My view is that the first model is the one we need to have for consumer protection. What this means to me is, yes, there are reforms we need to make to consumer protection laws. We need to get rid of what a morass the Truth in Lending Act has become. It went from being a very simple mechanism that would help consumers shop for things to being a lawyer- and regulator-encrusted mound of paper. If anybody has bought a house, for instance, you know that your disclosures aren't very helpful. We can streamline disclosures, we can make markets work better, and let's focus on doing that.
Instead, the Consumer Financial Protection Agency (CFPA) notion that's been presented by the Obama Administration is based on the idea that paternalism is what matters, that products and consumer choice need to be regulated. I think that's not only incorrect, but also problematic for my third point, which is that I think it could make matters worse. To the extent that we think of this as a consumer protection problem, we could end up enacting regulations that create new perverse incentives for consumers and lenders to lay the foundation for the next crisis.
To give you an example, there are a number of places in the Obama Administration white papers originally introduced about the ways in which the CFPA would ban unfair terms. The legislation itself talks about so-called abusive loans. They would ban pre-payment penalties on mortgages or regulate credit card terms, regulate terms of payday lending and all these sorts of things.
The reality is that a large number of the terms that consumer protection people don't like actually have a risk-based justification in economics. If we ban risk-based pricing in the name of consumer protection, obviously, we're going to get less accurate pricing. One of two things is going to happen: Either risk won't be priced accurately or lenders are going to reduce their risk exposure by lending less, further exacerbating the credit crisis that we have.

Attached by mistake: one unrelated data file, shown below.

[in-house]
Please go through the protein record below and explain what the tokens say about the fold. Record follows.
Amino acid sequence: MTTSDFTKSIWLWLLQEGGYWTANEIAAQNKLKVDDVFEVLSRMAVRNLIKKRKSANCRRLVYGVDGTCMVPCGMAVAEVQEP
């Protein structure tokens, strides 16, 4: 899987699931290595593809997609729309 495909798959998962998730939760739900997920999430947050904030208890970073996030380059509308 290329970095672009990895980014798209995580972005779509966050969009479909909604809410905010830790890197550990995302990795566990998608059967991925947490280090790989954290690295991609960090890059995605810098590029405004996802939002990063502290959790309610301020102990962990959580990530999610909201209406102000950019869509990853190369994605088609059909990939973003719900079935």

The final point, then, is that those loans were foolish. The crisis was caused by foolish loans. We might want to say you can't make loans with no down payment, but that is a safety and soundness issue. It is a safety and soundness issue because of the incentives it set up for consumers. That is not a consumer protection issue.
I think CFPA is such a bad idea institutionally because it unhooks consumer protection from safety and soundness, competition, and all the other economic dynamics that are necessary for the market to work properly. So the cornerstone, institutionally, needs to be combining consumer protection with a safety and soundness and competition framework and, second, reining in substantive things that could interfere with risk-based pricing. What we've seen so far hasn't done that, and if we don't do that, we're just laying the seeds for the next crisis.
James Gattuso: Our next speaker is Alex Pollock of the American Enterprise Institute. Alex serves as Resident Fellow at AEI. He joined AEI in 2004 after 35 years in the banking industry, where he was President of the Home Loan Bank of Chicago, President and CEO of Community Federal Savings in St. Louis, and President of Marine Bank in Milwaukee. He certainly comes to the field with ample credentials. He also has credit for developing a one-page mortgage form to help borrowers understand the mortgage system.
Alex has degrees from Princeton University in international relations, a bachelor's degree from Williams College, and, most interestingly, a master's degree from the University of Chicago in philosophy.